10. Home sharing
What is home sharing?
Home sharing is when a homeowner gets a roommate in exchange for either rent or help with tasks around the house. For example, a retired woman might rent out her spare bedroom to another senior to reduce her expenses or to a college student in exchange for help with laundry and other housekeeping tasks. To learn more about home sharing and find a potential roommate, visit the National Shared Housing Resource Center website.
Who should use home sharing?
People who want to live with someone else and those looking for general companionship should consider home sharing. This option is especially popular with single women who don’t want to live alone but who don’t want (or need) to move into an assisted living facility.
What are some benefits of home sharing?
- All parties benefit financially from reduced housing expenses.
- Homeowners keep getting the tax benefits from owning a house.
- Residents can become friends and enjoy the company of their roommates.
11. Moving abroad
What are moving abroad options?
Seniors have a variety of senior living options outside of the United States. Most of the options available to seniors in the United States are also available to them in other countries.
Medicare Part A coverage is provided to people who permanently move abroad for free, but the rules are a little tricky; people should make sure they have private health insurance that will work in their destination county. Depending on their citizenship status and the country they move to, many elders continue to receive social security benefits.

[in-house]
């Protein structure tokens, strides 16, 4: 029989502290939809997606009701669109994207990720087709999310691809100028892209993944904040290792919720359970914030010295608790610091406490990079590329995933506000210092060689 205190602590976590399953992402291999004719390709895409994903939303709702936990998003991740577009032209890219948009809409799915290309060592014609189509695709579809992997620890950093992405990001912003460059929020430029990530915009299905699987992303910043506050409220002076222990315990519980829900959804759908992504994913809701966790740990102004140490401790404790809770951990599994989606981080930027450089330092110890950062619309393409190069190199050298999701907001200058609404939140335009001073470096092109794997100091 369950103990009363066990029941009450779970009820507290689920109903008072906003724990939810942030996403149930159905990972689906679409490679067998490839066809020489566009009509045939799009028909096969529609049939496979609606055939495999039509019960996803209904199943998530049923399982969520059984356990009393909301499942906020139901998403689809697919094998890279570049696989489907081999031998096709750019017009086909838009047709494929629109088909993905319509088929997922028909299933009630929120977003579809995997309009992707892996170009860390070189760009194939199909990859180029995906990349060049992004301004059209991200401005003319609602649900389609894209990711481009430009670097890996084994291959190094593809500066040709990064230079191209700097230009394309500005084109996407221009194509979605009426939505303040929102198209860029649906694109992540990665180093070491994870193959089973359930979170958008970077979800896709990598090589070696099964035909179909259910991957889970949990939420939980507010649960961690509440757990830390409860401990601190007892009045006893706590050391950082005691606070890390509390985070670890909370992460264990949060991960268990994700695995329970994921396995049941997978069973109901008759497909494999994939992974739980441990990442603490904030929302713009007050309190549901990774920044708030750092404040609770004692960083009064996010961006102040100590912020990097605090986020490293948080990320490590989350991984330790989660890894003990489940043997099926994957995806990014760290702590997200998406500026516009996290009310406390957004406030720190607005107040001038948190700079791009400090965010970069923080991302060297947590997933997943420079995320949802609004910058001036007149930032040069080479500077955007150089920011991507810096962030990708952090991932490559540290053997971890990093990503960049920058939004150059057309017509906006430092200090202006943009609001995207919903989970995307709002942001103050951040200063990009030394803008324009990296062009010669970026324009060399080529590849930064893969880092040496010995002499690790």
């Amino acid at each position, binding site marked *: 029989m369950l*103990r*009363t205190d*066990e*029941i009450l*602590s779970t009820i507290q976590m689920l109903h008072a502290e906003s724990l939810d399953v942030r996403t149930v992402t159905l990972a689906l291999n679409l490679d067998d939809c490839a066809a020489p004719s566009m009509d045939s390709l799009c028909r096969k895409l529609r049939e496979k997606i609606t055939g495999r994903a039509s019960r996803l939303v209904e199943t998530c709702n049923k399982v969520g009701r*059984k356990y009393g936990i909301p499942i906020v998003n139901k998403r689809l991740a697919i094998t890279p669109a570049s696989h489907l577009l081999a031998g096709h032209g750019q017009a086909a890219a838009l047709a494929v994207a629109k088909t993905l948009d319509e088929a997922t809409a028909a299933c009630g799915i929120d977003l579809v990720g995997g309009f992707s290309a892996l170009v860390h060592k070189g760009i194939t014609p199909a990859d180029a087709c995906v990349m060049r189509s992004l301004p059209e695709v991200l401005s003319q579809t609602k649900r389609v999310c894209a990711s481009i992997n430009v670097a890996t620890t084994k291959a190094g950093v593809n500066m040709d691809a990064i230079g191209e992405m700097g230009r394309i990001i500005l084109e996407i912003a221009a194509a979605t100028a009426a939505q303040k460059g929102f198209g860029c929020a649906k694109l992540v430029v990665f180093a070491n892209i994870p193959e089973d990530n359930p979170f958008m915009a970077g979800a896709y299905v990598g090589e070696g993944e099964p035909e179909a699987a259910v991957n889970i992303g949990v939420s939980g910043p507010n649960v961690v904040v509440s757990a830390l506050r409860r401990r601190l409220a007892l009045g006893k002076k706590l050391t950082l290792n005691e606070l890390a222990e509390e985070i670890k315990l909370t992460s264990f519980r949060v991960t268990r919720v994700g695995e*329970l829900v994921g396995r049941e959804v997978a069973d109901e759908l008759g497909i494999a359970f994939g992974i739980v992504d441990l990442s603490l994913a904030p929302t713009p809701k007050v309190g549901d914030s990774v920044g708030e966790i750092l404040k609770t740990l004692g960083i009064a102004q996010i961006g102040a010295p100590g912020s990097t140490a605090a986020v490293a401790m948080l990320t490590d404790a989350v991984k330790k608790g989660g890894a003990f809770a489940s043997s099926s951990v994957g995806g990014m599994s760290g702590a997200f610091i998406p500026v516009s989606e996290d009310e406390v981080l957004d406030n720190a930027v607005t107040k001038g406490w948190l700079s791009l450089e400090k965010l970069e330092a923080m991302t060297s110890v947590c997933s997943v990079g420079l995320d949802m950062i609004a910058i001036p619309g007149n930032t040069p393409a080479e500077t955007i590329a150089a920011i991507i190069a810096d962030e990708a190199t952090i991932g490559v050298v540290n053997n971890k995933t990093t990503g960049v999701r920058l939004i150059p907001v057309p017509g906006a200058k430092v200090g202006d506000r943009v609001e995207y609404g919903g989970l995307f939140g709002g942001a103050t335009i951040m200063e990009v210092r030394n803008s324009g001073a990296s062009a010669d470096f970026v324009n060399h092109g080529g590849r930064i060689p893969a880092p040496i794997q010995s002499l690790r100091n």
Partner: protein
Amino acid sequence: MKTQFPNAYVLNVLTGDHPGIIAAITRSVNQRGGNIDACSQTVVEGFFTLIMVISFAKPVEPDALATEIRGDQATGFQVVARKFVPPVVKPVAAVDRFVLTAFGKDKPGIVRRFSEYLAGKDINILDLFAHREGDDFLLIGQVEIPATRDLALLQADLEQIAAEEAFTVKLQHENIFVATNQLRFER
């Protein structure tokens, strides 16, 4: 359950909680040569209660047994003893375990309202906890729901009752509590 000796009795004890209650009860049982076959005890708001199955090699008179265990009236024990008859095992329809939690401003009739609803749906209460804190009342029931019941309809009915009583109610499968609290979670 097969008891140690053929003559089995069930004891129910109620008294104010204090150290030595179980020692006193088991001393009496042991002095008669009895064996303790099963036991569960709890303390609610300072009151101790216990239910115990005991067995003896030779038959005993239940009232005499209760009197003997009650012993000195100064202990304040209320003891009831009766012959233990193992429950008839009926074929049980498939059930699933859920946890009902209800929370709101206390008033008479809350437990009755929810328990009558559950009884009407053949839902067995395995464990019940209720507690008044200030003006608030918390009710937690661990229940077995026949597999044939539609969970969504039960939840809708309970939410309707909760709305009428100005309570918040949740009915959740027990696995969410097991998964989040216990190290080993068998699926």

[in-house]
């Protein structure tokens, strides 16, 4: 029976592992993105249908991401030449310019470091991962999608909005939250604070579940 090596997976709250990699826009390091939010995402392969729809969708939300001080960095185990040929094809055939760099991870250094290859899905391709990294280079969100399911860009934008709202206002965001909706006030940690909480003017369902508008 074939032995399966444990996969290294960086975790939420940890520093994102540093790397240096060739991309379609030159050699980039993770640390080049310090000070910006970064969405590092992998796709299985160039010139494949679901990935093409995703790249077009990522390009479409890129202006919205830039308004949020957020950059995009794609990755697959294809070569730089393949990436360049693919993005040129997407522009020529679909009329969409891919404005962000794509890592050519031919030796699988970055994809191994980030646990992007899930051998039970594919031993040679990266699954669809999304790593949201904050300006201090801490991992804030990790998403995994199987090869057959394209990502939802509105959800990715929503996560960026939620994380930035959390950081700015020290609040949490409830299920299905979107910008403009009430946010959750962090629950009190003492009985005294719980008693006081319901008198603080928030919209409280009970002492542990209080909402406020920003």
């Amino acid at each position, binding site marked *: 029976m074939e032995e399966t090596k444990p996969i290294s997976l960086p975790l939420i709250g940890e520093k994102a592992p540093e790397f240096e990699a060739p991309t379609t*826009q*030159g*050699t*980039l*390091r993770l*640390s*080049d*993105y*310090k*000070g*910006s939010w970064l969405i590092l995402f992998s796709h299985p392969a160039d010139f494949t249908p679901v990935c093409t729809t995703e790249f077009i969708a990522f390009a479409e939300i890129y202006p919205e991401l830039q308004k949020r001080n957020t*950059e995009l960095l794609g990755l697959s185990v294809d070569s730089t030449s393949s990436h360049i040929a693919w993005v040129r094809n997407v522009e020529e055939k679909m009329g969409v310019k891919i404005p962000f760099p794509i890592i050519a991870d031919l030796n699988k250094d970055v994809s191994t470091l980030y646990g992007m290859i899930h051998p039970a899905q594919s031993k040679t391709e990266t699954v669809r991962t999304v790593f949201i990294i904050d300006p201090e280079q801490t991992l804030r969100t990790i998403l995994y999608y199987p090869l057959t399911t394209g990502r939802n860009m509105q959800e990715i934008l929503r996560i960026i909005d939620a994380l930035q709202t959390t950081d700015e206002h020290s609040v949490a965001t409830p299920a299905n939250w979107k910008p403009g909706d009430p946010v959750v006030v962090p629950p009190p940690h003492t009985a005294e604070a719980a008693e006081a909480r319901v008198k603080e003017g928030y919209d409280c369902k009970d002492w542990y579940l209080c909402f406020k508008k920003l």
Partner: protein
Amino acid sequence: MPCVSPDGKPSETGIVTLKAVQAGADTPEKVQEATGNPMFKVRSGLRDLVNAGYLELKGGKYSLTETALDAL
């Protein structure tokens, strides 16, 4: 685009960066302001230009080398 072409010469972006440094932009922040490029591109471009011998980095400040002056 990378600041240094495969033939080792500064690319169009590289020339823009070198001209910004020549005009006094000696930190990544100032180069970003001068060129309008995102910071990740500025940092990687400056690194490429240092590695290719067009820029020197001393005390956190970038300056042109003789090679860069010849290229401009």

Who should move abroad?
People who want to live in a different culture and have new experiences will find moving abroad especially appealing, as will those looking for a lower cost of living.
What are some benefits of moving abroad?
- Cost of living is cheaper in some locations.
- Healthcare cost is less expensive in certain countries.
- People can experience another culture.
5 steps for deciding on a senior living option
As you or your loved one ages, you’ll have to think about housing options. There’s a lot to consider, so make sure everyone involved has thought about their choices and priorities. Make sure to do these five things while considering the senior living options.
- Do your research. Just by reading this article, you’ve already started this process. It’s easy to feel overwhelmed by the stress of a change. Knowing your choices can help make the process easier.
- Talk about expectations for daily life. Someone who wants to be surrounded by a community of people their own age should make a different choice than someone who wants to be active in a broader community.
- Talk to a doctor. Before making a home purchase, modifying an existing home or investing in a retirement community, see if the doctor has any concerns about the resident’s mobility or health.
- Sit down with a financial advisor. Healthcare can be very expensive. Before making a final decision, talk to a financial advisor who has experience dealing with Medicare or Medicaid, pensions or retirement accounts.
- Visit potential communities. If you/your loved one is considering moving into a nursing home, age-restricted retirement community or any other senior living option, visit several. During your visit, talk to residents, have a meal and check out the activities schedule.